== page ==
What exactly is life? A tree is alive, but how about the wood from a tree used to build a table? Is fire alive? It takes in oxygen, can grow and reproduce. How about Artificial Intelligence, is there some point at which a machine could be considered alive? If a computer gains consciousness, but does not reproduce is it “alive?” What about “life” on other planets, could extraterrestrial life have very different characteristics? Could it be based on silicon instead of carbon or be an entirely un-imagined type of life? A big debate in biology is whether viruses are considered alive.
The precise definition of life is elusive. Philosophers and scientists have spent thousands of years debating what exactly being alive means and we still don’t have a satisfying, all-encompassing answer. There are hundreds of current definitions of life.
As an example of what makes this so hard, here’s the definition of life NASA has adopted: “life is a self-sustaining chemical system capable to undergoing Darwinian evolution.” A good definition, but also with problems – what about mules? They are alive but are incapable of reproduction and thus don’t evolve. Notwithstanding some problems with the NASA definition, it seems to be pretty widely accepted.
Some definitions just list characteristics. The common attributes taught in high school biology list seven: movement, respiration, sensitivity, growth, reproduction, excretion and nutrition. But, a number of non-living things have these attributes, including some crystals called prions and some computer programs. Even fire arguably can pass the test of life under these criteria.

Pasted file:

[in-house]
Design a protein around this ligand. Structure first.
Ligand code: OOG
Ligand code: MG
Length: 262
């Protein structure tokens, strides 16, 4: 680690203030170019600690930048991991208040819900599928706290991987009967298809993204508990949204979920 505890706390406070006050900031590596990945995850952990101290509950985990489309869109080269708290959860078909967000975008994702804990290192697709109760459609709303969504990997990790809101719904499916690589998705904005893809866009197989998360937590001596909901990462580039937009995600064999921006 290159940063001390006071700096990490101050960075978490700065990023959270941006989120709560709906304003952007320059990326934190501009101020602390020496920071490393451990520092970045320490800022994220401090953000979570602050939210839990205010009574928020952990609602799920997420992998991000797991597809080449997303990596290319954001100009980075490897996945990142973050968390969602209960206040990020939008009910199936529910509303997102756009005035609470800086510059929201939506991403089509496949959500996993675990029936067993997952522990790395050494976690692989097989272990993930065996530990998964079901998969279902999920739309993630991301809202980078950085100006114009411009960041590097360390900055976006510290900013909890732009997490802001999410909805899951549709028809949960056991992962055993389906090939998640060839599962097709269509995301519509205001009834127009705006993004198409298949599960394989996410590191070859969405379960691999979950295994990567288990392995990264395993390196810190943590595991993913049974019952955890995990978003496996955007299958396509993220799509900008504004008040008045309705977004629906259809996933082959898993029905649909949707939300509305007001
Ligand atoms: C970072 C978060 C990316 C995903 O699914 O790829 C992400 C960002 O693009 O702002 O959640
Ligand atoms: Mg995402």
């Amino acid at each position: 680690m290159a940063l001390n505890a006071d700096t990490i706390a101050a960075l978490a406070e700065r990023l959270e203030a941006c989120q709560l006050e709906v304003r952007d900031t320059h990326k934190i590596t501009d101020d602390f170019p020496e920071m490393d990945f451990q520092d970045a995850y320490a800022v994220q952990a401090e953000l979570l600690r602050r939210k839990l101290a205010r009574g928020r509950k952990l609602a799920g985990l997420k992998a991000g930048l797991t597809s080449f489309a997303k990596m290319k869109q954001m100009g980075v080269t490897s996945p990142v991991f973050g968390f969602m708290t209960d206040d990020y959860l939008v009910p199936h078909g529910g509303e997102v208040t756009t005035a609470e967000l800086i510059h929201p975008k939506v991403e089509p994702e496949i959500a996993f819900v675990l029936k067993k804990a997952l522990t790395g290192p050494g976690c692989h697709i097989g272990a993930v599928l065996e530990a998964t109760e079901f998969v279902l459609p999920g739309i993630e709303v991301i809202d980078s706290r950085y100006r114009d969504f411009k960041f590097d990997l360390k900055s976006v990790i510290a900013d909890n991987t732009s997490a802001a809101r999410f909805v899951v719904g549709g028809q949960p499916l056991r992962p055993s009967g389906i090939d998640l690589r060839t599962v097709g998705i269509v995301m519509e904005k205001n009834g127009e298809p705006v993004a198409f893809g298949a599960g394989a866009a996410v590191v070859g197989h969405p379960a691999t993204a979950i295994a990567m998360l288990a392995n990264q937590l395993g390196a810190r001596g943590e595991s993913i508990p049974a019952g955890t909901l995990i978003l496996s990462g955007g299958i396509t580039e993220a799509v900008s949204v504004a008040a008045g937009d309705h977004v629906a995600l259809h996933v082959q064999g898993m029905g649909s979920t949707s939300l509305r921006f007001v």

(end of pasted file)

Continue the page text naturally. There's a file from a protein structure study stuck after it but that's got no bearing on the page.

Other criteria that are generally accepted under most circumstances are: (a) an ability to replicate, (b) an existence bounded by birth and death and (c) a degree of biochemical autonomy meaning that the organism carries on metabolic activities that produce the molecules and energy needed to sustain itself.
The unsatisfying answer is that there is no universal accepted definition of life. A chemist, biologist, astrobiologist and computer scientist might all have different definitions.
I have a simpler classification for whether something is alive or not. To be alive, it must consume something that was alive. It cannot consume something that was never alive exclusively. It must consume life, and excrete nutrients that are produced or refined through metabolic processes. In essence, you have to eat a burger, to be a cow.
I’m beginning to think the IFod has a life of its own.
Existence bound by life and death works for me.
Maybe the question should be, “What is the definition of intelligent life.” The problem with asking that question is that you and I might not fit with in the bounds of the somebody else’s definition. Ah the conundrum continues!!